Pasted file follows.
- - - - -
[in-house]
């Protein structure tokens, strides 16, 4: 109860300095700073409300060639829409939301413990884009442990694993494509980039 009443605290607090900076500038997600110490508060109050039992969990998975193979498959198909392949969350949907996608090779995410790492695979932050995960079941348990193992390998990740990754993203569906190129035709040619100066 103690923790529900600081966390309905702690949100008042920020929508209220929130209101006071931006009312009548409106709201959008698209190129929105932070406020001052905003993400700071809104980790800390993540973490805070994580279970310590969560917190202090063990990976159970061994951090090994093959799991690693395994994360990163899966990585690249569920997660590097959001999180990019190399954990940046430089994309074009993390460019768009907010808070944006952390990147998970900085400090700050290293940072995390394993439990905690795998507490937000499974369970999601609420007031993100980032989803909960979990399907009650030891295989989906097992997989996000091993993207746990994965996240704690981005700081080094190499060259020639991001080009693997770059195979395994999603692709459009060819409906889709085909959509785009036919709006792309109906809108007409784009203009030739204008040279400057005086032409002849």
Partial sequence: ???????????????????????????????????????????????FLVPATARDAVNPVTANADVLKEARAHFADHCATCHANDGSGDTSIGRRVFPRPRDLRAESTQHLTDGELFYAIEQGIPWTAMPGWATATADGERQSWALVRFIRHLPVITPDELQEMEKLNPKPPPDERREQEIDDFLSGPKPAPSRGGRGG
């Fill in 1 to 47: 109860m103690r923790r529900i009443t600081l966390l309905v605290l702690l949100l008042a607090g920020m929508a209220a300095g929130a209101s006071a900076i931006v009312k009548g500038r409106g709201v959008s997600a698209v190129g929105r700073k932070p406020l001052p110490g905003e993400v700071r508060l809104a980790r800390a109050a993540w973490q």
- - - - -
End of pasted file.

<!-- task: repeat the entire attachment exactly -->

[in-house]
């Protein structure tokens, strides 16, 4: 109860300095700073409300060639829409939301413990884009442990694993494509980039 009443605290607090900076500038997600110490508060109050039992969990998975193979498959198909392949969350949907996608090779995410790492695979932050995960079941348990193992390998990740990754993203569906190129035709040619100066 103690923790529900600081966390309905702690949100008042920020929508209220929130209101006071931006009312009548409106709201959008698209190129929105932070406020001052905003993400700071809104980790800390993540973490805070994580279970310590969560917190202090063990990976159970061994951090090994093959799991690693395994994360990163899966990585690249569920997660590097959001999180990019190399954990940046430089994309074009993390460019768009907010808070944006952390990147998970900085400090700050290293940072995390394993439990905690795998507490937000499974369970999601609420007031993100980032989803909960979990399907009650030891295989989906097992997989996000091993993207746990994965996240704690981005700081080094190499060259020639991001080009693997770059195979395994999603692709459009060819409906889709085909959509785009036919709006792309109906809108007409784009203009030739204008040279400057005086032409002849």
Partial sequence: ???????????????????????????????????????????????FLVPATARDAVNPVTANADVLKEARAHFADHCATCHANDGSGDTSIGRRVFPRPRDLRAESTQHLTDGELFYAIEQGIPWTAMPGWATATADGERQSWALVRFIRHLPVITPDELQEMEKLNPKPPPDERREQEIDDFLSGPKPAPSRGGRGG
């Fill in 1 to 47: 109860m103690r923790r529900i009443t600081l966390l309905v605290l702690l949100l008042a607090g920020m929508a209220a300095g929130a209101s006071a900076i931006v009312k009548g500038r409106g709201v959008s997600a698209v190129g929105r700073k932070p406020l001052p110490g905003e993400v700071r508060l809104a980790r800390a109050a993540w973490q």